Tributes paid to Fr PJ McGlinchey

29th April 2018 - by Stephen Awre

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Tributes have been paid to Irish Columban missionary Fr PJ McGlinchey who was laid to rest on Friday 27 April 2018 on the island of Jeju in South Korea. He was 89.

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News of his death came as Highland Radio prepares to air a documentary on his tremendous work in transforming the lives of the people of Jeju (Cheju) Island.

‘A Little Piece of Home – Donegal to Cheju’ can be heard on Highland Radio on Monday 7 May 2018 at 6pm. The programme was compiled by Brian Kenny and produced by Columban Fr Malachy Smyth.

The Irish Embassy to South Korea noted Fr McGlinchey’s “more than 60 years of dedicated service to the people of Jeju island”, South Korea’s largest island, which is located 70 miles off the mainland.

A recipient of Ireland’s and Korea’s Presidential distinguished service awards, the Irish Embassy said Fr McGlinchey “leaves behind in Jeju a transformative legacy of farming development and the Isidore Development Association including a hospice, a nursing home, a youth centre and a retreat centre.”

Fr Cyril Lovett of the Columban Regional Council in Ireland described Fr PJ as “a charismatic character, a pleasant personality, and a born leader.”

“We mourn the death of an extraordinary Columban who spent more than sixty years on the island of Jeju. The people were extremely poor, and the farmers worked the fields with wooden ploughs and oxen. PJ helped them to improve their lands and their livestock.”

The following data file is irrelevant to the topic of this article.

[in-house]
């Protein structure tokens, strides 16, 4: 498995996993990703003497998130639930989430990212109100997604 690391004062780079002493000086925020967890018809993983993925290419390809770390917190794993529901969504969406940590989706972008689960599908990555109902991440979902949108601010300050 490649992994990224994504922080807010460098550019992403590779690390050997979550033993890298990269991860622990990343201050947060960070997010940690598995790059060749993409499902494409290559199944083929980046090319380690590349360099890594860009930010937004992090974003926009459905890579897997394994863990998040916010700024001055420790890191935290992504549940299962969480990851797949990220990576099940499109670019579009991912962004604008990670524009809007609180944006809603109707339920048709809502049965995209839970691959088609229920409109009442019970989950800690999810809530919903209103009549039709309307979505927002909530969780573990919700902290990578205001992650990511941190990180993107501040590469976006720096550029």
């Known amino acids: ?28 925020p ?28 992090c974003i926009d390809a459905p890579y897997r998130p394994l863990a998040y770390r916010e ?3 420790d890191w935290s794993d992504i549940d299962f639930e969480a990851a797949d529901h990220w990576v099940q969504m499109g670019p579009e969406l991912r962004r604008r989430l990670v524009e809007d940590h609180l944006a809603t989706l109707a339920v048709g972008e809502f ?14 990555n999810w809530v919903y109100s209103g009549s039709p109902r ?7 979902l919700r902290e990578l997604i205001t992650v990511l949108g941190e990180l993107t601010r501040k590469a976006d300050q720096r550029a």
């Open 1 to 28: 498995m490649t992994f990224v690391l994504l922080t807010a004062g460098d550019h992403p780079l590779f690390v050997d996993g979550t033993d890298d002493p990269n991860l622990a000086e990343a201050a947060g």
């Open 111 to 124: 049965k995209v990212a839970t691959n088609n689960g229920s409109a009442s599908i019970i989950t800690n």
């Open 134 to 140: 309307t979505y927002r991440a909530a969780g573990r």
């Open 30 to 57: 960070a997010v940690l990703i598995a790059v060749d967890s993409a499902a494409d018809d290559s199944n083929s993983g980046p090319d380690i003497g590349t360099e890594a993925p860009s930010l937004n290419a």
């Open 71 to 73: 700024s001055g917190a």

He highlighted how over the years, Fr PJ was helped by many young volunteers from Scotland, Ireland, Australia and New Zealand.

“He is best known perhaps for the ways in which he helped the material development of the people of Cheju, but he was always a pastor first and foremost, spreading the Good News of Christ’s Kingdom by his own activities,” Fr Lovett said. “He will be happy that his final resting place will be among the people whom he served so generously.”

Irish Deputy Pat “the Cope” Gallagher was also among those who paid tribute Fr McGlinchey, a native of Co Donegal. Speaking to the Donegal Democrat newspaper, Deputy Gallagher said he had had “the privilege” of meeting Fr PJ and witnessed first-hand the tremendous work carried out by him.

“Words will never best describe how the islanders felt about Fr P.J. For them he was the saviour of the island and the man who made life possible for thousands of people on the island.”

“In the long history of missionaries from our small country, there have been numerous exceptional men and women, but when history will be written of their times in Korea the name of the Late Fr PJ McGlinchey will be foremost amongst them. A man who may have been posted miles from his native Donegal but in reality made a Donegal out of the Island of Jeju – using the spirit of the co-operative movement and the meitheal,” Deputy Gallagher said.

Irish Ambassador to Korea, Aingeal O’Donoghue visited St Isidore Farm in February 2015, where she presented the Presidential Distinguished Service Award to Fr McGlinchey.

She said he had brought “a unique blend of spiritual leadership and an array of practical initiatives to help lift thousands of Jeju citizens out of poverty.”

Fr PJ McGlinchey was born in Raphoe on 6 June 1928. He was reared in Letterkenny before entering the Columbans in Dalgan Park. He was ordained in 1951 and was then posted to the Diocese of Kwangju to serve in Jeju. At that time the Korean peninsula was just recovering from a horrific three-year war and both the economy and society were utterly devastated by the destruction of that conflict.